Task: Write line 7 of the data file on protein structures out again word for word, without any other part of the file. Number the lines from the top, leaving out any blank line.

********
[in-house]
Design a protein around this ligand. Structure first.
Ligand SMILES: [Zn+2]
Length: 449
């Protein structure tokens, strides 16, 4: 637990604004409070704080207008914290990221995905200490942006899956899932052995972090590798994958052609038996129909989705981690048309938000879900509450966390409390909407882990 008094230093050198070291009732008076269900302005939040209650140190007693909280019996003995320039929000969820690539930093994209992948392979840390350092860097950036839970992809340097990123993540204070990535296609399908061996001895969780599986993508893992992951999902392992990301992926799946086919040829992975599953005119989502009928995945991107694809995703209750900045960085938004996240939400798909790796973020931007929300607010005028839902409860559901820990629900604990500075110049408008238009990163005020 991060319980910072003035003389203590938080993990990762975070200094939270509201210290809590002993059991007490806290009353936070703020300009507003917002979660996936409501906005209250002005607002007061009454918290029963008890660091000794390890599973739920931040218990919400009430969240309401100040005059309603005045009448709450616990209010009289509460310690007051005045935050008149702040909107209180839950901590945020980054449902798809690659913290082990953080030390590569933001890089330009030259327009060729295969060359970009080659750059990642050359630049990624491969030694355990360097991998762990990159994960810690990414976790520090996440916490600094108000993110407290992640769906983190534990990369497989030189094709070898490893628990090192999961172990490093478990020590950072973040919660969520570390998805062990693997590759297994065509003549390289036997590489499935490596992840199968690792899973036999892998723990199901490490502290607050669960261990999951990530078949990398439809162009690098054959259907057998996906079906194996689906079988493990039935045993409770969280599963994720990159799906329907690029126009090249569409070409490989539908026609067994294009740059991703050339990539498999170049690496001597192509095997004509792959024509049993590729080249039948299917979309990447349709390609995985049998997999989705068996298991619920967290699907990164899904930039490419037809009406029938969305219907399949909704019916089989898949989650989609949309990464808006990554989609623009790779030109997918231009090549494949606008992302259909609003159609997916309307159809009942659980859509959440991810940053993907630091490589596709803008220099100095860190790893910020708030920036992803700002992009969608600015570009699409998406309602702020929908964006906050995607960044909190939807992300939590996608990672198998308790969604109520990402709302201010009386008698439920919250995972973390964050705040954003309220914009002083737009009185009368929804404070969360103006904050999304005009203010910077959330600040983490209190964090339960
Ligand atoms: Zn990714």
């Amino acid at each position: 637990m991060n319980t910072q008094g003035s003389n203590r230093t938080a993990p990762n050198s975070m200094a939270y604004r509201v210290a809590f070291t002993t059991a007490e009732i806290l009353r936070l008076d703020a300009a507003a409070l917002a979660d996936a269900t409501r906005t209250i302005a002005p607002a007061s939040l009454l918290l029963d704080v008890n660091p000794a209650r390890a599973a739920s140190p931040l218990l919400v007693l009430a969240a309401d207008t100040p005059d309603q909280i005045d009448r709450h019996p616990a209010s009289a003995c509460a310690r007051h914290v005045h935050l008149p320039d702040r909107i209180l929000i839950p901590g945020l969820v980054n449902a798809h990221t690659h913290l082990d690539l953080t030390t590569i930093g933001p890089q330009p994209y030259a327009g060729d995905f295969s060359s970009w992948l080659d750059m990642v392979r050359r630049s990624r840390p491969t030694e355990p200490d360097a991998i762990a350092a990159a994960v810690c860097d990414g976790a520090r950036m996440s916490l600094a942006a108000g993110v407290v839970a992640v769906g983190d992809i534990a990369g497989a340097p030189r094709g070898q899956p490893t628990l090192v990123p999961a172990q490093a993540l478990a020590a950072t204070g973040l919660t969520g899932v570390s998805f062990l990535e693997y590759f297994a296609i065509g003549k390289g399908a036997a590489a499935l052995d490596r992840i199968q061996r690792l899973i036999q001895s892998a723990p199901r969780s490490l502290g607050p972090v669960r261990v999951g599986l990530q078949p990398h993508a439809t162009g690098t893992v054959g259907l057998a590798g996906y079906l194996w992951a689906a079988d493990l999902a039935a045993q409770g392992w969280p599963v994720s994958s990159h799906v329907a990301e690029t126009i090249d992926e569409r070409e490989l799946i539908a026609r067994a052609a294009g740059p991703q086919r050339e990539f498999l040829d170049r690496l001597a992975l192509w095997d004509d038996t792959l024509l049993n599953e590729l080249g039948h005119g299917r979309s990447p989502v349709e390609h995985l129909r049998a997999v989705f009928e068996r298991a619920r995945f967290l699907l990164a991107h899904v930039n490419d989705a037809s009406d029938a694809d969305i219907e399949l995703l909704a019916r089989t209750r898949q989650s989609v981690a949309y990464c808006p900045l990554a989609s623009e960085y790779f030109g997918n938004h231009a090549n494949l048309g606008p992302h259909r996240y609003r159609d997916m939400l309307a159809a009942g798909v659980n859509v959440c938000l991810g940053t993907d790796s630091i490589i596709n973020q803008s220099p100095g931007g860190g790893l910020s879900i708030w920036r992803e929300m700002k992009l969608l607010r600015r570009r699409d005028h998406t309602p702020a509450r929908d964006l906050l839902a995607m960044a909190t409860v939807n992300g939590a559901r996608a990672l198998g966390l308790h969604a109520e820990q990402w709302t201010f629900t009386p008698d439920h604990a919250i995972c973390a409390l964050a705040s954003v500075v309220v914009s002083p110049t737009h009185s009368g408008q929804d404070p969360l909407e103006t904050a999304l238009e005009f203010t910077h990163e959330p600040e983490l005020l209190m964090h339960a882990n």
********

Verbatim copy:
């Amino acid at each position: 637990m991060n319980t910072q008094g003035s003389n203590r230093t938080a993990p990762n050198s975070m200094a939270y604004r509201v210290a809590f070291t002993t059991a007490e009732i806290l009353r936070l008076d703020a300009a507003a409070l917002a979660d996936a269900t409501r906005t209250i302005a002005p607002a007061s939040l009454l918290l029963d704080v008890n660091p000794a209650r390890a599973a739920s140190p931040l218990l919400v007693l009430a969240a309401d207008t100040p005059d309603q909280i005045d009448r709450h019996p616990a209010s009289a003995c509460a310690r007051h914290v005045h935050l008149p320039d702040r909107i209180l929000i839950p901590g945020l969820v980054n449902a798809h990221t690659h913290l082990d690539l953080t030390t590569i930093g933001p890089q330009p994209y030259a327009g060729d995905f295969s060359s970009w992948l080659d750059m990642v392979r050359r630049s990624r840390p491969t030694e355990p200490d360097a991998i762990a350092a990159a994960v810690c860097d990414g976790a520090r950036m996440s916490l600094a942006a108000g993110v407290v839970a992640v769906g983190d992809i534990a990369g497989a340097p030189r094709g070898q899956p490893t628990l090192v990123p999961a172990q490093a993540l478990a020590a950072t204070g973040l919660t969520g899932v570390s998805f062990l990535e693997y590759f297994a296609i065509g003549k390289g399908a036997a590489a499935l052995d490596r992840i199968q061996r690792l899973i036999q001895s892998a723990p199901r969780s490490l502290g607050p972090v669960r261990v999951g599986l990530q078949p990398h993508a439809t162009g690098t893992v054959g259907l057998a590798g996906y079906l194996w992951a689906a079988d493990l999902a039935a045993q409770g392992w969280p599963v994720s994958s990159h799906v329907a990301e690029t126009i090249d992926e569409r070409e490989l799946i539908a026609r067994a052609a294009g740059p991703q086919r050339e990539f498999l040829d170049r690496l001597a992975l192509w095997d004509d038996t792959l024509l049993n599953e590729l080249g039948h005119g299917r979309s990447p989502v349709e390609h995985l129909r049998a997999v989705f009928e068996r298991a619920r995945f967290l699907l990164a991107h899904v930039n490419d989705a037809s009406d029938a694809d969305i219907e399949l995703l909704a019916r089989t209750r898949q989650s989609v981690a949309y990464c808006p900045l990554a989609s623009e960085y790779f030109g997918n938004h231009a090549n494949l048309g606008p992302h259909r996240y609003r159609d997916m939400l309307a159809a009942g798909v659980n859509v959440c938000l991810g940053t993907d790796s630091i490589i596709n973020q803008s220099p100095g931007g860190g790893l910020s879900i708030w920036r992803e929300m700002k992009l969608l607010r600015r570009r699409d005028h998406t309602p702020a509450r929908d964006l906050l839902a995607m960044a909190t409860v939807n992300g939590a559901r996608a990672l198998g966390l308790h969604a109520e820990q990402w709302t201010f629900t009386p008698d439920h604990a919250i995972c973390a409390l964050a705040s954003v500075v309220v914009s002083p110049t737009h009185s009368g408008q929804d404070p969360l909407e103006t904050a999304l238009e005009f203010t910077h990163e959330p600040e983490l005020l209190m964090h339960a882990n």